Friday 24 August 2012

Ep 146: Time Travel and Movies Part 1

We still exist!

This week we're inhabiting the nexus of science, pop culture and science fiction. The topic of discussion is Time Travel and how it is portrayed in the movies. There's a little bit of philosophy, a little bit of physics, a dash of the paranormal, and a lot of Dr Boob, who is once again the driving force of this podcast!

If you are interested in Andrew Basiago and Project Pegasus, which is mentioned in this show, you can find more here. If you want to organise your own time traveller convention, or if you can think of a good experiment that BOOB could stand for, let us know.

This is part one of a two part series on time travel and the movies - part two will be out shortly. Tune in to this episode here.

Sunday 29 July 2012

My Olympic Predictions

Over at Plus Magazine, I came up with a predicted medal tally for the London 2012 Olympics. Check out my Mapping the medals article if you are interested in the maths behind it.

My top 20 predicted countries (ordered by total number of medals) are:

2012 Predicted Position2012 Predicted Medals
United States1112
Great Britain279
South Korea832

And check out my interactive world map, where my predicted top 20 countries are coloured. If you click on each country, you will see results from previous games, a (semi-regularly) updated 2012 medal count, and some occasional comments.

Wednesday 25 July 2012

Broadcasting on ABC Riverina

I have recently been doing a science segment with Chris Coleman on the morning show of ABC Riverina. If you are interested in listening to what we had to say, check out the following links:
We also done a couple of Olympics shows, which will be online soon. Listen in at about 9.45 am each Monday.

Saturday 21 July 2012

Visualising Runs

Inspired by a recent post from Kasey Clark in which he plotted all his runkeeper runs (tracked via GPS) on a single map, I thought I'd explore my own running from the last few years and see how it might be visualised in an interesting manner.

Using his method, I exported all my runs as one big zip file of gpx files (found under your profile) then imported them all into Google Earth. Here is an image of all my runs around Sydney's inner west over the last few years. Most of the time I run along the Cooks River.

I also had a bit more fun with it, and for this you will need the Google Earth plugin for your browser - if you can see the following images you already have it, and if not then there should be a link for you to get it.

The city2surf is one of the world's biggest fun runs and I have done it the last few years. By creating a Google Earth tour, you can create an animation of your runs. I tweeked the gpx code in a text editor (and Excel) to make my 2010 and 2011 runs start at the same time, and then by using the tour gadget, you can embed the animation on your website. Perhaps over time I will add further year's runs to this animation. You'll need somewhere to host the exported kml files from Google Earth. There is a small lag at the start of the video and if it doesn't work, see the video on youtube. I'm looking to knock off that 2011 time this year in a few weeks! Edit 1: I have added a friend from 2010 and 2011.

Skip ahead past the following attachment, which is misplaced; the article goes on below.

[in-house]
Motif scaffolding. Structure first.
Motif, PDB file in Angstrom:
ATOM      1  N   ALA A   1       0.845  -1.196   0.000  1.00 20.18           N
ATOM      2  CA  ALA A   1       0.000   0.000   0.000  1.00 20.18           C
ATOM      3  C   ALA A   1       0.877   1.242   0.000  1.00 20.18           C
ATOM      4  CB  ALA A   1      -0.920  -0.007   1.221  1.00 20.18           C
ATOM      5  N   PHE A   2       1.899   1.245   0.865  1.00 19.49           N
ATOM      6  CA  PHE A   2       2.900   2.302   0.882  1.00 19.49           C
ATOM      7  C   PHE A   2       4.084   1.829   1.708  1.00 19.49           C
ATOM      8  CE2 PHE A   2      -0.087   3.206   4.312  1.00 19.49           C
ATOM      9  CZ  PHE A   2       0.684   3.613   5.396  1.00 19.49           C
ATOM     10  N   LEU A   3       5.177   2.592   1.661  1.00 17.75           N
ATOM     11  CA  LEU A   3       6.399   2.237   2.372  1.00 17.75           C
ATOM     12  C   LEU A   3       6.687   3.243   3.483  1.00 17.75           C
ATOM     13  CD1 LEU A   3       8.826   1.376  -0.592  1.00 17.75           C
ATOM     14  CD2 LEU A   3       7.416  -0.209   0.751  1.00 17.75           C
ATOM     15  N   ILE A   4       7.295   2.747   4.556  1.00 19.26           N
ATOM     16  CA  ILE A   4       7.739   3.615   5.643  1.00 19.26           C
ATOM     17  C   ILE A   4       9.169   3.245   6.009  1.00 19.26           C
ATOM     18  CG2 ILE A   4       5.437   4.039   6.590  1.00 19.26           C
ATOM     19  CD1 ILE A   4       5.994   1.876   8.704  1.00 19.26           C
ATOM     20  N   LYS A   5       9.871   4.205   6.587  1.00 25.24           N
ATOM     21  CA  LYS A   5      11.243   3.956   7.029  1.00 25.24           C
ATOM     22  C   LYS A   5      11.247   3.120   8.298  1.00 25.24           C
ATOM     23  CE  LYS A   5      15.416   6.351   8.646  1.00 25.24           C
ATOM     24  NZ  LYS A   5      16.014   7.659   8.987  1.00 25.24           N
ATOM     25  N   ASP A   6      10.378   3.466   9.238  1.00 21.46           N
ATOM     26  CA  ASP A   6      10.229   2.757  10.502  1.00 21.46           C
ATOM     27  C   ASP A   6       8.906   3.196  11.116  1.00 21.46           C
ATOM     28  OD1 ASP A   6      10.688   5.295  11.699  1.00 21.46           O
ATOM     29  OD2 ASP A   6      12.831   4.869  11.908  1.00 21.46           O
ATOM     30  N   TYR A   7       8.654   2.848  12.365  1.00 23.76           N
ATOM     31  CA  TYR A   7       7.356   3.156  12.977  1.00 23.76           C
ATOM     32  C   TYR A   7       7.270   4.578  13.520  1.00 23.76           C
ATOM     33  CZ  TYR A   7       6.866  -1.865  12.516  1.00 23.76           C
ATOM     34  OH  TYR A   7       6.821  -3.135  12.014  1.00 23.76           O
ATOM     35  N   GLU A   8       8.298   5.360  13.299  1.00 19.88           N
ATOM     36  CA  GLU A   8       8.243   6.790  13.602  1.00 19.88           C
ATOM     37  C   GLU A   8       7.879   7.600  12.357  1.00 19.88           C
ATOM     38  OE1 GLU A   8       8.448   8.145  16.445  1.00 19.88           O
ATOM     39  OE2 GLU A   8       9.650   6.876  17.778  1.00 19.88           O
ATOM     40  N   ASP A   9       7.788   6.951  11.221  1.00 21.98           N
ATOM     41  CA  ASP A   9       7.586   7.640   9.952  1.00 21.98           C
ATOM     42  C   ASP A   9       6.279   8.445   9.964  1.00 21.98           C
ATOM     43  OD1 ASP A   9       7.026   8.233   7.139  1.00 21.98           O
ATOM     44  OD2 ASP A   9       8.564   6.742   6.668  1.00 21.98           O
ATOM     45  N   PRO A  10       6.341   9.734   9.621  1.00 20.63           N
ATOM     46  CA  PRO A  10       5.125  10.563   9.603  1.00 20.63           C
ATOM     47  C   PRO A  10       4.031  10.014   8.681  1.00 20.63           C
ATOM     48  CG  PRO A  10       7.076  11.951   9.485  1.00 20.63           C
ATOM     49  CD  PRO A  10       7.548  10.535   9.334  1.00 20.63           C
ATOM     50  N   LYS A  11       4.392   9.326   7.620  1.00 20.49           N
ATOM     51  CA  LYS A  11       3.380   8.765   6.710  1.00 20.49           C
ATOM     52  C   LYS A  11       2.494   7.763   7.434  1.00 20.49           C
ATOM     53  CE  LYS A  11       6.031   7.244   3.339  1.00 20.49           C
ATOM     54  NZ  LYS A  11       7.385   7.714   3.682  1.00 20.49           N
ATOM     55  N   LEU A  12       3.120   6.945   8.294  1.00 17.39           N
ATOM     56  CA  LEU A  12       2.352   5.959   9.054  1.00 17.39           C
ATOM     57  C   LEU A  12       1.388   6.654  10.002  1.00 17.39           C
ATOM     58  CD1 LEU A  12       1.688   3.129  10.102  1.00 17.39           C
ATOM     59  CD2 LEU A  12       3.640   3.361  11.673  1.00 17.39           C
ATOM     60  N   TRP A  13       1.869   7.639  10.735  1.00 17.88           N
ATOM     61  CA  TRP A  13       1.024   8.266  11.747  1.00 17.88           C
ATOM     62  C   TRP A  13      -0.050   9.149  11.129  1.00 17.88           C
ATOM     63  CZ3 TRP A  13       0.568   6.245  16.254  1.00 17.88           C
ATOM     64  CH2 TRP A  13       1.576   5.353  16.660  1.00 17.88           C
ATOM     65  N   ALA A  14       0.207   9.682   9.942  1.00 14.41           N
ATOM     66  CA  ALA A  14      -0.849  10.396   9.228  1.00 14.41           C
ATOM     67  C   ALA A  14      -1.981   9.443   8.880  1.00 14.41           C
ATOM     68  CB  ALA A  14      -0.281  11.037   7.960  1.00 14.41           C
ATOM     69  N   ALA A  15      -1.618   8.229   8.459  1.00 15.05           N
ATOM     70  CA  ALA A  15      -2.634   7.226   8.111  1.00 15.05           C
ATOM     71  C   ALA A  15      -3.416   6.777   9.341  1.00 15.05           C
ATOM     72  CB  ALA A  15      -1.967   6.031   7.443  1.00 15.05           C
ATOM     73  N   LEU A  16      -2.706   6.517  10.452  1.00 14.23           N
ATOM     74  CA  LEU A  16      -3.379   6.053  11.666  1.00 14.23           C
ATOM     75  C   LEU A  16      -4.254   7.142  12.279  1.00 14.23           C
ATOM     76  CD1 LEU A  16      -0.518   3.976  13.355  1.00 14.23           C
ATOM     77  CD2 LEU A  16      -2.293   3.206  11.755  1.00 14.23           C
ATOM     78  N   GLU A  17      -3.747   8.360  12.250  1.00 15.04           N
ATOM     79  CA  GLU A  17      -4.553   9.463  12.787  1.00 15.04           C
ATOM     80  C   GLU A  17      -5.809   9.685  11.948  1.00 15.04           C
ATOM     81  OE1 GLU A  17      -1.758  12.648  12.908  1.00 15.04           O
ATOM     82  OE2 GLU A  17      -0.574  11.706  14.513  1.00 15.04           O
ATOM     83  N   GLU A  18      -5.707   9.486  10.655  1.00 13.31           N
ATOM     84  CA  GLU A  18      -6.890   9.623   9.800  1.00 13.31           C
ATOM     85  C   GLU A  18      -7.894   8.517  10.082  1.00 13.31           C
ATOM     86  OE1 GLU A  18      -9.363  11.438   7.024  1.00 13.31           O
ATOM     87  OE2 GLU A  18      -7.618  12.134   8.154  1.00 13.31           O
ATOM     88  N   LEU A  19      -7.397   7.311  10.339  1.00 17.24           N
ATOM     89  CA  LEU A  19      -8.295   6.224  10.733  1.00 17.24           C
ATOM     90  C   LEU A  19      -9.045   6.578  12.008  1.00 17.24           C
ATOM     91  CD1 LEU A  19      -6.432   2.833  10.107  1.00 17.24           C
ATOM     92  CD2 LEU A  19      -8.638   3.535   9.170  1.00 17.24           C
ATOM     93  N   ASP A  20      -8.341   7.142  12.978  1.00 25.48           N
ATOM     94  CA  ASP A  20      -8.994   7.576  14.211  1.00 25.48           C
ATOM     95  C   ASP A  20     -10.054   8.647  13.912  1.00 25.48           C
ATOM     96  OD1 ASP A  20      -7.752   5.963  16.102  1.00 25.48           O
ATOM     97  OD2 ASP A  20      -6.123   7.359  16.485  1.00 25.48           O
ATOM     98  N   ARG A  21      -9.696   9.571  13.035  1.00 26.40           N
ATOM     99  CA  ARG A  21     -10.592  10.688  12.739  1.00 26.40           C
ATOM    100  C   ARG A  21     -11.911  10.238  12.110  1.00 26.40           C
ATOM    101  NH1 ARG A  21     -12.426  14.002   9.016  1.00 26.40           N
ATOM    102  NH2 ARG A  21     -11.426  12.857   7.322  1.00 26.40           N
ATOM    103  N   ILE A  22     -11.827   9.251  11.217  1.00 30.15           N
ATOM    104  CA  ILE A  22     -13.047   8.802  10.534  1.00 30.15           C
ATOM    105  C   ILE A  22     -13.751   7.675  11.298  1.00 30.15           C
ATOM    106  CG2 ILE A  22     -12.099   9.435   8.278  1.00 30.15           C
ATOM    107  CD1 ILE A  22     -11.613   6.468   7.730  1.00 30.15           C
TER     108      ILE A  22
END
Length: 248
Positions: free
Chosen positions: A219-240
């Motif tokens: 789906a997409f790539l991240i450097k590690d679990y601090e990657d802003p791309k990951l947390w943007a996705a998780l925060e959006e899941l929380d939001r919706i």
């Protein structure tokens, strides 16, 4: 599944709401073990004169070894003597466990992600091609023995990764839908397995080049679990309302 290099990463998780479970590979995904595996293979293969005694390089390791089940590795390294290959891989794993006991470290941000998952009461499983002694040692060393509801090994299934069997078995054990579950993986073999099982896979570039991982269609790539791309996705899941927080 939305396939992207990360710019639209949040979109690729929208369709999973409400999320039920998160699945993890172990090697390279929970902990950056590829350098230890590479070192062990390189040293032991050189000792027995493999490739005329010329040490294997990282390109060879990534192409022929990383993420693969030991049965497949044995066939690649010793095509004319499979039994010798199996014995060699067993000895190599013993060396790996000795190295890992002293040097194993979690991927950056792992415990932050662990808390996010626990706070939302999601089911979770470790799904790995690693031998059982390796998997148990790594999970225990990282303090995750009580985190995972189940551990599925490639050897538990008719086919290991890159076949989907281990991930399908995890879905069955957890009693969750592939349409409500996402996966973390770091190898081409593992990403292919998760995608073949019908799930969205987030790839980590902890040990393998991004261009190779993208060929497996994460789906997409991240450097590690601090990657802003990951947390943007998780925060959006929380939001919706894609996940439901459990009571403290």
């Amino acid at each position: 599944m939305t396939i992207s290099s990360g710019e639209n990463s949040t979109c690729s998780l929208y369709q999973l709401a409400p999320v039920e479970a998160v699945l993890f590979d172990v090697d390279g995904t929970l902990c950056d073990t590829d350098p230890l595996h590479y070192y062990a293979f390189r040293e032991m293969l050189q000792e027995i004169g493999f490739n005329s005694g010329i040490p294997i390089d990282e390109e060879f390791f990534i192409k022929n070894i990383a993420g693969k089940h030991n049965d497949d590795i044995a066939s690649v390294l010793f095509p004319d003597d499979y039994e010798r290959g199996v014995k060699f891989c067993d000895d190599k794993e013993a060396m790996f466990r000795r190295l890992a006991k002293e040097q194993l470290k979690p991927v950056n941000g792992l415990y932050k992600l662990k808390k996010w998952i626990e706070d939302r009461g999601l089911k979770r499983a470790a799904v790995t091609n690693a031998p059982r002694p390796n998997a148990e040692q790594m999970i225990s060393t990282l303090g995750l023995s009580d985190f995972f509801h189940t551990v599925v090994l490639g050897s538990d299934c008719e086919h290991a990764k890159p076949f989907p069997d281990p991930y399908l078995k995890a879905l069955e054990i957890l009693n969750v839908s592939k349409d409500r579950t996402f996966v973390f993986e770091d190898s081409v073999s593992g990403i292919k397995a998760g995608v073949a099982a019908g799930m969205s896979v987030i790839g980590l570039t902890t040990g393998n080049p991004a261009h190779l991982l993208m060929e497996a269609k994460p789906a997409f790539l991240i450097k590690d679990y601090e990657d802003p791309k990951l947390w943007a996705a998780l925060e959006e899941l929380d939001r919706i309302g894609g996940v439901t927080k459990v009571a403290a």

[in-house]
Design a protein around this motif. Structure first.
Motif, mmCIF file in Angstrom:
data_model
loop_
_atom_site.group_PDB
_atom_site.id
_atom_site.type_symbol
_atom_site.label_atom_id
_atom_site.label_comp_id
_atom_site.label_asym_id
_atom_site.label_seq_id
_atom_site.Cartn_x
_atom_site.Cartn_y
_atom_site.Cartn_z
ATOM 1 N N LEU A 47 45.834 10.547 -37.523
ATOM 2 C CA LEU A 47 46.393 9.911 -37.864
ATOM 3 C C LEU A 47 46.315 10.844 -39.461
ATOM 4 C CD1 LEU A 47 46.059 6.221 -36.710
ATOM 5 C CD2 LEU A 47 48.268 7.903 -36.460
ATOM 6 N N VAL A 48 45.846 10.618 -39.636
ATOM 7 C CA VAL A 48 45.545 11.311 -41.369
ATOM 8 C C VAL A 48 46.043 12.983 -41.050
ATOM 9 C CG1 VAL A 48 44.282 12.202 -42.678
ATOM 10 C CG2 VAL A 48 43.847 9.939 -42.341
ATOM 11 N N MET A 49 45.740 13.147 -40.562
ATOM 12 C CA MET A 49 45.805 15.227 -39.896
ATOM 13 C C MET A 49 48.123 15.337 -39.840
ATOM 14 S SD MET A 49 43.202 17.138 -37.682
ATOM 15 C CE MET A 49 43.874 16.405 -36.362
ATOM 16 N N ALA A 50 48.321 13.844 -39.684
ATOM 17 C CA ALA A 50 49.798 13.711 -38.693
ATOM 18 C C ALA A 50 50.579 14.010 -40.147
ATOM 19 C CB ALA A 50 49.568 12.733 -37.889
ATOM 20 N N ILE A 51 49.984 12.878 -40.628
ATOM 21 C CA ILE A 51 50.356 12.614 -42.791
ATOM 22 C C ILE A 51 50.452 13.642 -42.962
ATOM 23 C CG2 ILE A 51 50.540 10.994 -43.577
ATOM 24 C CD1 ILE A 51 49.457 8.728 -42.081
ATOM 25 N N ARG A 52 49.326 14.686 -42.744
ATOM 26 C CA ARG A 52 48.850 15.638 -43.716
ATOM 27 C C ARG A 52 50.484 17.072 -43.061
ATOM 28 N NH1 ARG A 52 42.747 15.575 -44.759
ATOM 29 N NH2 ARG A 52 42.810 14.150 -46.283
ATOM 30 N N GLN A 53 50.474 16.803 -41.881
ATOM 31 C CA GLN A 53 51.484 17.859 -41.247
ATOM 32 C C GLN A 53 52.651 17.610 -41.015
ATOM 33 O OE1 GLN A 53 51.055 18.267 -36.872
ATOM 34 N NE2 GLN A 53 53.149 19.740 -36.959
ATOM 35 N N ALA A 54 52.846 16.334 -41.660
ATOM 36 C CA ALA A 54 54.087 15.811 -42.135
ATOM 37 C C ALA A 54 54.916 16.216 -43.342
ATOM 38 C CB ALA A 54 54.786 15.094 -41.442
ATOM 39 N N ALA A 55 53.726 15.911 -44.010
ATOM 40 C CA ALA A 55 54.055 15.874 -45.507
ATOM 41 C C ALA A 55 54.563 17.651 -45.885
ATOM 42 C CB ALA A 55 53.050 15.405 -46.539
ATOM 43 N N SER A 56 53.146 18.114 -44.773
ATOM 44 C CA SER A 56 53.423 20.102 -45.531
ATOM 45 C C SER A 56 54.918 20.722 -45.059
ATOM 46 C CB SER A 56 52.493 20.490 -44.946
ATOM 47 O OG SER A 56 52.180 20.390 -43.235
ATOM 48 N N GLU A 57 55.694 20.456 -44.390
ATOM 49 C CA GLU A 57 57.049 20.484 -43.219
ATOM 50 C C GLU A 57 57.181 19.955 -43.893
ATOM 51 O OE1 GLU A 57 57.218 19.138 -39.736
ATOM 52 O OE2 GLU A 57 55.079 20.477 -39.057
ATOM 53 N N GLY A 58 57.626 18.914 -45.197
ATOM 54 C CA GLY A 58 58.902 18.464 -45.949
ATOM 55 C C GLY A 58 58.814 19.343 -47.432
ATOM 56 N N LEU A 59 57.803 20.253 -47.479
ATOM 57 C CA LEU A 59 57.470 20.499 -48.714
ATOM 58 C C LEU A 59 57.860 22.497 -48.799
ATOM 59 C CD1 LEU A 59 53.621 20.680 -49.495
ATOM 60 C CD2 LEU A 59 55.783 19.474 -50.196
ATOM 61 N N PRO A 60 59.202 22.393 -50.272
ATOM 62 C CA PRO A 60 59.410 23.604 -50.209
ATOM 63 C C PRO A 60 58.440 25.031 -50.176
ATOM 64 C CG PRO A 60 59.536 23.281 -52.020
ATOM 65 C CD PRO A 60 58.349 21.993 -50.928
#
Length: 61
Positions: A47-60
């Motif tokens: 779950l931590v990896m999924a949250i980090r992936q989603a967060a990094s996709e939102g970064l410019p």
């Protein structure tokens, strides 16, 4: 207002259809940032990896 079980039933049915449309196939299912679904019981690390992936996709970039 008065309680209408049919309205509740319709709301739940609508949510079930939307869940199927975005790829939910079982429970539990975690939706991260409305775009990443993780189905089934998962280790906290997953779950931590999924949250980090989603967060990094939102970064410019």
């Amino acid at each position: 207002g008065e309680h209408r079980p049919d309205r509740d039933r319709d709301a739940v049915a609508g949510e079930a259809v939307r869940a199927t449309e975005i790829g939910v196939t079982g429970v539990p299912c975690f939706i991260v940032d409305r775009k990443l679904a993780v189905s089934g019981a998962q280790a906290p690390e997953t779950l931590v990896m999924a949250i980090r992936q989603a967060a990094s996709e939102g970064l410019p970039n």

The next tour doesn't look so great but it would look great in San Francisco or New York City. Google Earth has 3D buildings built in, and by turning these on, you can visualise your runs in 3D. The following shows my Bridge Runs across the Sydney Harbour Bridge and finishing at the Opera House. Runkeeper doesn't quite get the elevation of the bridge correct so it looks like I'm running across water. As mentioned, in cities where there are lots of rendered 3D buildings, this would look great. I haven't bothered yet to tweek the start times for each of the races to all be exactly the same as it's a bit fiddly, but you get the point. Again there is a small lag and if it doesn't work, see the video on youtube.
If you can't see the above videos, and the Google gadget seems really buggy, I have uploaded them to youtube and there you can see city2surf and bridge runs videos.

Tuesday 17 July 2012

Swimming - technique, drag and strength

The 2012 Olympics are now only days away. I put together this article for Plus Magazine - check out the original article on Plus for full coverage, and follow Plus closely during the Olympics as they will be running regular sporting articles - see their package on maths and sport.

The men's and women's 100 metre freestyle swimming races are set to be two of the most glamorous events of the London 2012 Olympic Games. Much has been made of the swimming events for London 2012 because the previous 2008 Beijing Olympics saw an unprecedented number of new world records, due to the use of controversial swimsuits. Sixty-six Olympic records were broken during the 2008 Games – indeed, in some races the first five finishers beat the old Olympic mark – and 70 world swimming records were broken in total throughout the year 2008.

The controversial swimsuits have now been banned, but the records they set have not been revoked, so the 2012 Olympics are unlikely to see many new records. This does not mean, however, that the events will be any less competitive, and indeed if records are broken, the performances will likely be exceptional.

Pumping iron or beating drag?